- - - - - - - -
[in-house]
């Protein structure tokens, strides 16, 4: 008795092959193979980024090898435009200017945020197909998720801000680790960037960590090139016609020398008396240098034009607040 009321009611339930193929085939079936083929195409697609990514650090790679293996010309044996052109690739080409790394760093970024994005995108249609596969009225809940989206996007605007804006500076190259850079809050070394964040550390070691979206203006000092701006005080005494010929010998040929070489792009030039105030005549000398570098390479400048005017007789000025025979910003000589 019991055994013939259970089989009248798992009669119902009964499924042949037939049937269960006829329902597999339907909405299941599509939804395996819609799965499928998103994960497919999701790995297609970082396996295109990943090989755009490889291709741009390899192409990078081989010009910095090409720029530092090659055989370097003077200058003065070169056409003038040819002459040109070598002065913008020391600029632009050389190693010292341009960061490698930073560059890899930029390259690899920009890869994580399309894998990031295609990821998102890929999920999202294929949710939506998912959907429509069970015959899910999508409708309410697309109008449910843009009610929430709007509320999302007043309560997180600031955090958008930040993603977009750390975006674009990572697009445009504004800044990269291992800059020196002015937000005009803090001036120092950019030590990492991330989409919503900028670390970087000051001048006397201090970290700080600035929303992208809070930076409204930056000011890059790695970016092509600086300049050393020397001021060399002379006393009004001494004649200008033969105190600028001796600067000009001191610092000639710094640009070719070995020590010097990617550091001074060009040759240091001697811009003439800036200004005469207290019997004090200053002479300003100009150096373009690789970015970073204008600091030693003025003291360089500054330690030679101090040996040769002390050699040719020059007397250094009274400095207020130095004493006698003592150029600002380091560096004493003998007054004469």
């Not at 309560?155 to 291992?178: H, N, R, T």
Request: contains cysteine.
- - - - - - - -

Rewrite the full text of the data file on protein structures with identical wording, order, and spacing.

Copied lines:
[in-house]
């Protein structure tokens, strides 16, 4: 008795092959193979980024090898435009200017945020197909998720801000680790960037960590090139016609020398008396240098034009607040 009321009611339930193929085939079936083929195409697609990514650090790679293996010309044996052109690739080409790394760093970024994005995108249609596969009225809940989206996007605007804006500076190259850079809050070394964040550390070691979206203006000092701006005080005494010929010998040929070489792009030039105030005549000398570098390479400048005017007789000025025979910003000589 019991055994013939259970089989009248798992009669119902009964499924042949037939049937269960006829329902597999339907909405299941599509939804395996819609799965499928998103994960497919999701790995297609970082396996295109990943090989755009490889291709741009390899192409990078081989010009910095090409720029530092090659055989370097003077200058003065070169056409003038040819002459040109070598002065913008020391600029632009050389190693010292341009960061490698930073560059890899930029390259690899920009890869994580399309894998990031295609990821998102890929999920999202294929949710939506998912959907429509069970015959899910999508409708309410697309109008449910843009009610929430709007509320999302007043309560997180600031955090958008930040993603977009750390975006674009990572697009445009504004800044990269291992800059020196002015937000005009803090001036120092950019030590990492991330989409919503900028670390970087000051001048006397201090970290700080600035929303992208809070930076409204930056000011890059790695970016092509600086300049050393020397001021060399002379006393009004001494004649200008033969105190600028001796600067000009001191610092000639710094640009070719070995020590010097990617550091001074060009040759240091001697811009003439800036200004005469207290019997004090200053002479300003100009150096373009690789970015970073204008600091030693003025003291360089500054330690030679101090040996040769002390050699040719020059007397250094009274400095207020130095004493006698003592150029600002380091560096004493003998007054004469």
């Not at 309560?155 to 291992?178: H, N, R, T």
Request: contains cysteine.